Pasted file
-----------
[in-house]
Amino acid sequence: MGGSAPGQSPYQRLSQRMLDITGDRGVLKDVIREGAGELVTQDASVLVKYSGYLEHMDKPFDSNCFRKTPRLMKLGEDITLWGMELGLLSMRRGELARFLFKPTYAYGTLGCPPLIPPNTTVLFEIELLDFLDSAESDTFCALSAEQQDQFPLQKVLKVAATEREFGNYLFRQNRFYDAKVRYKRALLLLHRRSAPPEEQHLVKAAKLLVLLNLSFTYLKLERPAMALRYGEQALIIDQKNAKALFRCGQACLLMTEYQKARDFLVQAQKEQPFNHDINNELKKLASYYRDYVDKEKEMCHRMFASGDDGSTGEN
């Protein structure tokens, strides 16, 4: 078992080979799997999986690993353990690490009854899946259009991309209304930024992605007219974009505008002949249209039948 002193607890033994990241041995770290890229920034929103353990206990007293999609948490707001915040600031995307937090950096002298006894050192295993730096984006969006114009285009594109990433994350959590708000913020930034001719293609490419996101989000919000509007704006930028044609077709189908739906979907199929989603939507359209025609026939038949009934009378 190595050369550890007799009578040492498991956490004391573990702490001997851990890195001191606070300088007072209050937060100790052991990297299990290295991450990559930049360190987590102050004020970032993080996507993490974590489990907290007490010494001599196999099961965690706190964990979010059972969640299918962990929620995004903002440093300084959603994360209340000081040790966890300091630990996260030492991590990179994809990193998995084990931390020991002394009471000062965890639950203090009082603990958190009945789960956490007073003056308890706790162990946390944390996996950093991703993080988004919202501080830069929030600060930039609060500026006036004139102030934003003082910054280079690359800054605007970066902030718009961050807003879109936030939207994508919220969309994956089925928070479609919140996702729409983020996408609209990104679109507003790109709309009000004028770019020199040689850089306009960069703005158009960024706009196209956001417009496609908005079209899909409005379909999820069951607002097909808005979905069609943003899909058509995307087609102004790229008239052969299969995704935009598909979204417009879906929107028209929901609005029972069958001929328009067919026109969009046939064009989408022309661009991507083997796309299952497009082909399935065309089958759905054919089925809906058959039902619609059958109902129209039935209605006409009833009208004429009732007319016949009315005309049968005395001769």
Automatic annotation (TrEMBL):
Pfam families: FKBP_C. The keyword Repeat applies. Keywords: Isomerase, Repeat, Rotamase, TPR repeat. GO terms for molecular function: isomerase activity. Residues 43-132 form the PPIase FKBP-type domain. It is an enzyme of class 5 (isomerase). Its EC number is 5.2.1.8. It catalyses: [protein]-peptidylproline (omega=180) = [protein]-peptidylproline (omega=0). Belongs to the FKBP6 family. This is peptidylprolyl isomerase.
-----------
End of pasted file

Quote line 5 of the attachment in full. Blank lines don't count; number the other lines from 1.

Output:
Pfam families: FKBP_C. The keyword Repeat applies. Keywords: Isomerase, Repeat, Rotamase, TPR repeat. GO terms for molecular function: isomerase activity. Residues 43-132 form the PPIase FKBP-type domain. It is an enzyme of class 5 (isomerase). Its EC number is 5.2.1.8. It catalyses: [protein]-peptidylproline (omega=180) = [protein]-peptidylproline (omega=0). Belongs to the FKBP6 family. This is peptidylprolyl isomerase.